The late 19th century saw a rise in spiritualism in the United States and the world. Indeed, even Mrs. Abraham Lincoln was convinced that ghosts and spirits existed and this, in part, fueled others in similar beliefs. Photography at the time was still rather unaccessible and misunderstood by the ordinary citizen, their images usually taken by photographers in studios. Enter the dishonest photographer to the popular spiritual seance scene, and an opportunity for a past buck appeared. These unscrupulous photographers would bring a person into their "spiritual studio" and a "mock" seance was performed. Of course, when the photo was taken, the victim paid the money and instructed to come back the next day to see "what may have materialized." What seems almost comical today was believed by many as revealing of long lost ancestors, or other ghosts that happened to be around them. With a simple dodge and burn technique coupled with the merging of another portrait or two to the sitters original—and voila! an industry was born. Today, these fake spirit photos are quite rare, and, if you can find one, often sell for hundreds of dollars. See an exhibition here.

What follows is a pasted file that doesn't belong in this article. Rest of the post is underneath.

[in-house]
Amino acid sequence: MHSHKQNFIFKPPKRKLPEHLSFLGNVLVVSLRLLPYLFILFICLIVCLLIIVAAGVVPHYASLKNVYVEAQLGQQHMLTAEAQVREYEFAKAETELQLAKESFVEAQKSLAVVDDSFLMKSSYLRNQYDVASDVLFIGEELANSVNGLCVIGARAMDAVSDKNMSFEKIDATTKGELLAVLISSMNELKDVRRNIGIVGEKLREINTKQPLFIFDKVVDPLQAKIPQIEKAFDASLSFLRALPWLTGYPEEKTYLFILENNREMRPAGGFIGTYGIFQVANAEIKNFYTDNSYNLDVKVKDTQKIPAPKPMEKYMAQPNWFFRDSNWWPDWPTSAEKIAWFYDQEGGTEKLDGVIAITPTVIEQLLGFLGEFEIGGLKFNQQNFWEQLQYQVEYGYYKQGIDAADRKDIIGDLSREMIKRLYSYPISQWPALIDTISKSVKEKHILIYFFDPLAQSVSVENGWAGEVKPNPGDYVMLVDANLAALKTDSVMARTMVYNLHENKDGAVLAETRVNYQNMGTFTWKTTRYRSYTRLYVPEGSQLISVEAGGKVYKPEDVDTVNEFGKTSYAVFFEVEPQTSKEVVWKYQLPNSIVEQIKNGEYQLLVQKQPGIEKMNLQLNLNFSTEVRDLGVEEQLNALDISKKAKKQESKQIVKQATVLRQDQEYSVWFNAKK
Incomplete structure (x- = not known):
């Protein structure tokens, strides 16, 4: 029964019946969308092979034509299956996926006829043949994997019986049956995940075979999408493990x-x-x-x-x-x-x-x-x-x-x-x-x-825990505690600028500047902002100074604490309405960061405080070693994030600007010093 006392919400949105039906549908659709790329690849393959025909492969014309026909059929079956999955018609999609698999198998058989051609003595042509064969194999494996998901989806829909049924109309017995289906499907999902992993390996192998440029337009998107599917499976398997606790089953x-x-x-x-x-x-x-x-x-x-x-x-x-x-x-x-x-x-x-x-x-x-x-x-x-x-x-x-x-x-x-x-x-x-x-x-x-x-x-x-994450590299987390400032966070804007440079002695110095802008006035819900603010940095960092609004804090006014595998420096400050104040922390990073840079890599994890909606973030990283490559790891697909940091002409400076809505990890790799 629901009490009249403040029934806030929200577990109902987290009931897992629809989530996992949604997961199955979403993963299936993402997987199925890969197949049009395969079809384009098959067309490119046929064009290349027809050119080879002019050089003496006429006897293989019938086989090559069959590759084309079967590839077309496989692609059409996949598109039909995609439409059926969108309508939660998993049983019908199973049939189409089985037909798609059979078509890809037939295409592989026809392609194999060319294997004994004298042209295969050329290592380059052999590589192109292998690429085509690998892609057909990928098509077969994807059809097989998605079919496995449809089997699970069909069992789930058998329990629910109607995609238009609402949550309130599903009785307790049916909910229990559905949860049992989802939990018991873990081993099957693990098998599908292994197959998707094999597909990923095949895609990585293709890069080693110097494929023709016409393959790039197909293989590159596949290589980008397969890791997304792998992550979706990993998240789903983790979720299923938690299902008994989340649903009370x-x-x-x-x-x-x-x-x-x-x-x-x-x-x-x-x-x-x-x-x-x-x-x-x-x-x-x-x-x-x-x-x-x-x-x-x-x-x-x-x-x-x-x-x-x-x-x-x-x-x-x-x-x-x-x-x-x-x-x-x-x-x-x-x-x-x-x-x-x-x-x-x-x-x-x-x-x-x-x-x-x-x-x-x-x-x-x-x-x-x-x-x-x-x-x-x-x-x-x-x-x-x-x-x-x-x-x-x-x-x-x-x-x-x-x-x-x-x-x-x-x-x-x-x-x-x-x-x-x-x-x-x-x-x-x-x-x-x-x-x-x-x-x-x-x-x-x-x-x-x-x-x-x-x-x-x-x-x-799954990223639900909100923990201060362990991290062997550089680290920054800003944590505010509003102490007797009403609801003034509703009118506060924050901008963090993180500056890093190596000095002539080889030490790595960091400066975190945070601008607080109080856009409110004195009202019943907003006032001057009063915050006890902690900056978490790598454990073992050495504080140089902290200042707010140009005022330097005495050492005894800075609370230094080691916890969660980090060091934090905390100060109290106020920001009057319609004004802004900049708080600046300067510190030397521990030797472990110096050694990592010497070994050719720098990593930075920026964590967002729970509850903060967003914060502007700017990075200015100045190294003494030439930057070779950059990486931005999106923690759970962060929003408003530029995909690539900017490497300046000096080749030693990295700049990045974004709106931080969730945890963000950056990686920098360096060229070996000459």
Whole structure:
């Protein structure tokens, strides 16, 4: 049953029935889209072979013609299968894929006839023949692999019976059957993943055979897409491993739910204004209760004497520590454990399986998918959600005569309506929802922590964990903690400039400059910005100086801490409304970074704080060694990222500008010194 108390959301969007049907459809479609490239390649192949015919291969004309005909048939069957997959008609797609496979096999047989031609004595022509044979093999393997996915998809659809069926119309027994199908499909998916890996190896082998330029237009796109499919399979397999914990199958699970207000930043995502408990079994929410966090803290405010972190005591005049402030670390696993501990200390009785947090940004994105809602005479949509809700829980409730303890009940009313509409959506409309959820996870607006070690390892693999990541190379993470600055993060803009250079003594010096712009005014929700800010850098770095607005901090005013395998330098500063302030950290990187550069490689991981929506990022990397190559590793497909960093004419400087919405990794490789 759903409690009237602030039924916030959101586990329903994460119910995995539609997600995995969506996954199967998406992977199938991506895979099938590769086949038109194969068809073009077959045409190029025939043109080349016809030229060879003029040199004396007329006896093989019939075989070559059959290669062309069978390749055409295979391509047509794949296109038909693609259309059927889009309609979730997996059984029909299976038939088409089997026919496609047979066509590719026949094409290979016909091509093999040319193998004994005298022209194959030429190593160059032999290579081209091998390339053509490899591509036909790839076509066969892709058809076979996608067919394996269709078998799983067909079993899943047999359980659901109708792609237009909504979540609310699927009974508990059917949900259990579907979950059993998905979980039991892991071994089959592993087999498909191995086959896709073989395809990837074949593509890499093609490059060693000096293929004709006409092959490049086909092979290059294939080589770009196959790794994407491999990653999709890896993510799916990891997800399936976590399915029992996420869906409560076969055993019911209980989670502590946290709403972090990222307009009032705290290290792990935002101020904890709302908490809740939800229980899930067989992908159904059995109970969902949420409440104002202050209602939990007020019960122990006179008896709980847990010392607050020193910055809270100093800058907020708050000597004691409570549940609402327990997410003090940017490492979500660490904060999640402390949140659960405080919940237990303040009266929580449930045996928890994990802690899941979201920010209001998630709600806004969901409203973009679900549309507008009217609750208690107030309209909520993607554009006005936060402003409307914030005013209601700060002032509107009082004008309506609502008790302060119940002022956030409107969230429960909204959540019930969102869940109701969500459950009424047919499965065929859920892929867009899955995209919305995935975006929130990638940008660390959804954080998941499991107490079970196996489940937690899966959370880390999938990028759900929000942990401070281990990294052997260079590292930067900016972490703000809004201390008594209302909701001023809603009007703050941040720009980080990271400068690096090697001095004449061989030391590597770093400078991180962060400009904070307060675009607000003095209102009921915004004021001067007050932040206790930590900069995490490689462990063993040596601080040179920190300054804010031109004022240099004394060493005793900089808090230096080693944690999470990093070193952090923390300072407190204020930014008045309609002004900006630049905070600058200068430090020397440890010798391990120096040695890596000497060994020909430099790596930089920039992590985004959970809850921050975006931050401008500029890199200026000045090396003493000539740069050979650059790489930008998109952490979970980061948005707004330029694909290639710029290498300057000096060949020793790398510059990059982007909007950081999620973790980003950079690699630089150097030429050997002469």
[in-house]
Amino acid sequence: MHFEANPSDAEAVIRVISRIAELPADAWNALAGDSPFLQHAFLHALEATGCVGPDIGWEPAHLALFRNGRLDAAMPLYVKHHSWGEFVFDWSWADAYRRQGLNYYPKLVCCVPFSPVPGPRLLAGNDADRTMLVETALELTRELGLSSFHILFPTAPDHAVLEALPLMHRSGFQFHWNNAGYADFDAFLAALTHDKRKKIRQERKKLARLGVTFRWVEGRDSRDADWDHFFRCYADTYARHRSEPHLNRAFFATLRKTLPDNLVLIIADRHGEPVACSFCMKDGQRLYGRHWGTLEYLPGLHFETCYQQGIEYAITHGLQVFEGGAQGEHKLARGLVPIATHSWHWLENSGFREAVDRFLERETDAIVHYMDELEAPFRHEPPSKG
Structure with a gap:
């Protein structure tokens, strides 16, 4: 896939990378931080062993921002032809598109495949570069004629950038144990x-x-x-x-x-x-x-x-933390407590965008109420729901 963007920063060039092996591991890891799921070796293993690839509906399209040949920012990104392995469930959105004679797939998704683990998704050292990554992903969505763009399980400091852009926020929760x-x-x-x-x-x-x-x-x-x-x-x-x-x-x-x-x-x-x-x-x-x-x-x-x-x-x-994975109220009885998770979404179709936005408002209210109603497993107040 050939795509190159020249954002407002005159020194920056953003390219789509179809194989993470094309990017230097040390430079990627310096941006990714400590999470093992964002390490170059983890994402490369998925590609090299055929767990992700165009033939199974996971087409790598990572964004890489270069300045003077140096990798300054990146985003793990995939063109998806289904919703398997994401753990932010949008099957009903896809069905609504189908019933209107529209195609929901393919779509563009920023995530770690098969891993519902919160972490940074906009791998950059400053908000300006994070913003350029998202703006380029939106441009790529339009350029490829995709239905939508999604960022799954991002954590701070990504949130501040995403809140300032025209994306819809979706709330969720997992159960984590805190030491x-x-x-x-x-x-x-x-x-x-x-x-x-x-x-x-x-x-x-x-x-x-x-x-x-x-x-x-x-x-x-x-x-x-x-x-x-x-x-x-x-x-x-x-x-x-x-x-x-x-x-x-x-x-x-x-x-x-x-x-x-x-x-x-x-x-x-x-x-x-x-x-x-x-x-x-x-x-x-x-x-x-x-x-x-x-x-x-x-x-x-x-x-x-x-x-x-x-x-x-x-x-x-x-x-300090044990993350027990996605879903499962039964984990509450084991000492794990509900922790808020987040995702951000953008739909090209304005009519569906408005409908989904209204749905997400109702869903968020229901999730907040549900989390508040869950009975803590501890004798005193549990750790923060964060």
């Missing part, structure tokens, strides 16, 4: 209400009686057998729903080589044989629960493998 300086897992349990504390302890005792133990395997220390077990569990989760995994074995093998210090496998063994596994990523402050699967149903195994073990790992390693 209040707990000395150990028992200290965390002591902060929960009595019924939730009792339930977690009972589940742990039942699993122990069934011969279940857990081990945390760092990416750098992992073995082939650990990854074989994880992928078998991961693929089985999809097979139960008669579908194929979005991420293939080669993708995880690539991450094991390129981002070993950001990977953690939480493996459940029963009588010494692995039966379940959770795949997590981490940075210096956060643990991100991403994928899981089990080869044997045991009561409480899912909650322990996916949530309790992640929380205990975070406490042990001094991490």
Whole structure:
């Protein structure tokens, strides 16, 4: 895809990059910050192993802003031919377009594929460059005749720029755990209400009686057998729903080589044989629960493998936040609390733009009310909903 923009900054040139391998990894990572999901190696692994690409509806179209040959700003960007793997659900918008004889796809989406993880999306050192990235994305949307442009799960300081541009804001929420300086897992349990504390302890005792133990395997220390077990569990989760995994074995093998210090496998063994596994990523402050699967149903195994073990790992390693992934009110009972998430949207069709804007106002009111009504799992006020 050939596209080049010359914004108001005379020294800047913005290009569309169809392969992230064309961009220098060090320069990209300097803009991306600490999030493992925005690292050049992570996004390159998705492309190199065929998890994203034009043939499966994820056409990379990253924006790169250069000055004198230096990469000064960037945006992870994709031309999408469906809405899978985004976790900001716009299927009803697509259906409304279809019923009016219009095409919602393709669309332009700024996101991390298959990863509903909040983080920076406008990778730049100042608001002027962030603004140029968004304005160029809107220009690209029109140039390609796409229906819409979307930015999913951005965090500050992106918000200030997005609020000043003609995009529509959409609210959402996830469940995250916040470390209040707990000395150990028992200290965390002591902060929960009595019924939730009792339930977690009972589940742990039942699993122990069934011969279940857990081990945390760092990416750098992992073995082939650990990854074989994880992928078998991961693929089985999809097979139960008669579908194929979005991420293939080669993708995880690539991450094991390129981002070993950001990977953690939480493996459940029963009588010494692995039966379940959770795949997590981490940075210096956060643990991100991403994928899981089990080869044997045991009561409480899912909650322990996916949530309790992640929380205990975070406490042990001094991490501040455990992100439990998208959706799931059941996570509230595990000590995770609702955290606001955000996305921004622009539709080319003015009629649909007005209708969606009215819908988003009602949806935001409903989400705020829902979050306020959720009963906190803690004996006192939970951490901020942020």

Reposted from November 2008